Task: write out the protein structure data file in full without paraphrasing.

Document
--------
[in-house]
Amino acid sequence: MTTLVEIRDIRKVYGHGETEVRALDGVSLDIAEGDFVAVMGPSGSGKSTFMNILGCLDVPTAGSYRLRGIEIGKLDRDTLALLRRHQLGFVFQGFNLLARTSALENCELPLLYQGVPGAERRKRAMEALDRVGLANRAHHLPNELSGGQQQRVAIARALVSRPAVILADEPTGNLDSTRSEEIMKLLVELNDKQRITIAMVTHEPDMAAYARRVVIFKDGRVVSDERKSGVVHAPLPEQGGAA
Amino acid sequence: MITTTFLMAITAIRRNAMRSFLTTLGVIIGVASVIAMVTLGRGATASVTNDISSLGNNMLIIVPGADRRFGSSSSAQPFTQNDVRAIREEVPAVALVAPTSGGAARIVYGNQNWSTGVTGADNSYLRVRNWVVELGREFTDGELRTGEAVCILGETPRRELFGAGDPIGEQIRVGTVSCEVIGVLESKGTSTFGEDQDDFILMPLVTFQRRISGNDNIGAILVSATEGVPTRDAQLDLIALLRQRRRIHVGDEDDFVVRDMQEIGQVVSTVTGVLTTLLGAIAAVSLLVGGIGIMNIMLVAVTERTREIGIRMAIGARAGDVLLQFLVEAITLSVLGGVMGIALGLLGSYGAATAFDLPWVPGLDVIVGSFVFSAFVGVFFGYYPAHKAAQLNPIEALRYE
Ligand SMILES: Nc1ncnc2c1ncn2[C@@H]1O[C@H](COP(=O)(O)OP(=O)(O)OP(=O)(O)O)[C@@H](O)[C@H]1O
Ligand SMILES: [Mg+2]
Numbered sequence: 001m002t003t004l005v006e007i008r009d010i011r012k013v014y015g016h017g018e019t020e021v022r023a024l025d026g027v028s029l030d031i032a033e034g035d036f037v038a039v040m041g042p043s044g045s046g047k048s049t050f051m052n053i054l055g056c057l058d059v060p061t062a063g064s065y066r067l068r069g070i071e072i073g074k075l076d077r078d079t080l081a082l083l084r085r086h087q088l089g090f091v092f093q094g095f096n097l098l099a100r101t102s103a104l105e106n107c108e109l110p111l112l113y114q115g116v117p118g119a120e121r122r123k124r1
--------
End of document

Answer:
[in-house]
Amino acid sequence: MTTLVEIRDIRKVYGHGETEVRALDGVSLDIAEGDFVAVMGPSGSGKSTFMNILGCLDVPTAGSYRLRGIEIGKLDRDTLALLRRHQLGFVFQGFNLLARTSALENCELPLLYQGVPGAERRKRAMEALDRVGLANRAHHLPNELSGGQQQRVAIARALVSRPAVILADEPTGNLDSTRSEEIMKLLVELNDKQRITIAMVTHEPDMAAYARRVVIFKDGRVVSDERKSGVVHAPLPEQGGAA
Amino acid sequence: MITTTFLMAITAIRRNAMRSFLTTLGVIIGVASVIAMVTLGRGATASVTNDISSLGNNMLIIVPGADRRFGSSSSAQPFTQNDVRAIREEVPAVALVAPTSGGAARIVYGNQNWSTGVTGADNSYLRVRNWVVELGREFTDGELRTGEAVCILGETPRRELFGAGDPIGEQIRVGTVSCEVIGVLESKGTSTFGEDQDDFILMPLVTFQRRISGNDNIGAILVSATEGVPTRDAQLDLIALLRQRRRIHVGDEDDFVVRDMQEIGQVVSTVTGVLTTLLGAIAAVSLLVGGIGIMNIMLVAVTERTREIGIRMAIGARAGDVLLQFLVEAITLSVLGGVMGIALGLLGSYGAATAFDLPWVPGLDVIVGSFVFSAFVGVFFGYYPAHKAAQLNPIEALRYE
Ligand SMILES: Nc1ncnc2c1ncn2[C@@H]1O[C@H](COP(=O)(O)OP(=O)(O)OP(=O)(O)O)[C@@H](O)[C@H]1O
Ligand SMILES: [Mg+2]
Numbered sequence: 001m002t003t004l005v006e007i008r009d010i011r012k013v014y015g016h017g018e019t020e021v022r023a024l025d026g027v028s029l030d031i032a033e034g035d036f037v038a039v040m041g042p043s044g045s046g047k048s049t050f051m052n053i054l055g056c057l058d059v060p061t062a063g064s065y066r067l068r069g070i071e072i073g074k075l076d077r078d079t080l081a082l083l084r085r086h087q088l089g090f091v092f093q094g095f096n097l098l099a100r101t102s103a104l105e106n107c108e109l110p111l112l113y114q115g116v117p118g119a120e121r122r123k124r1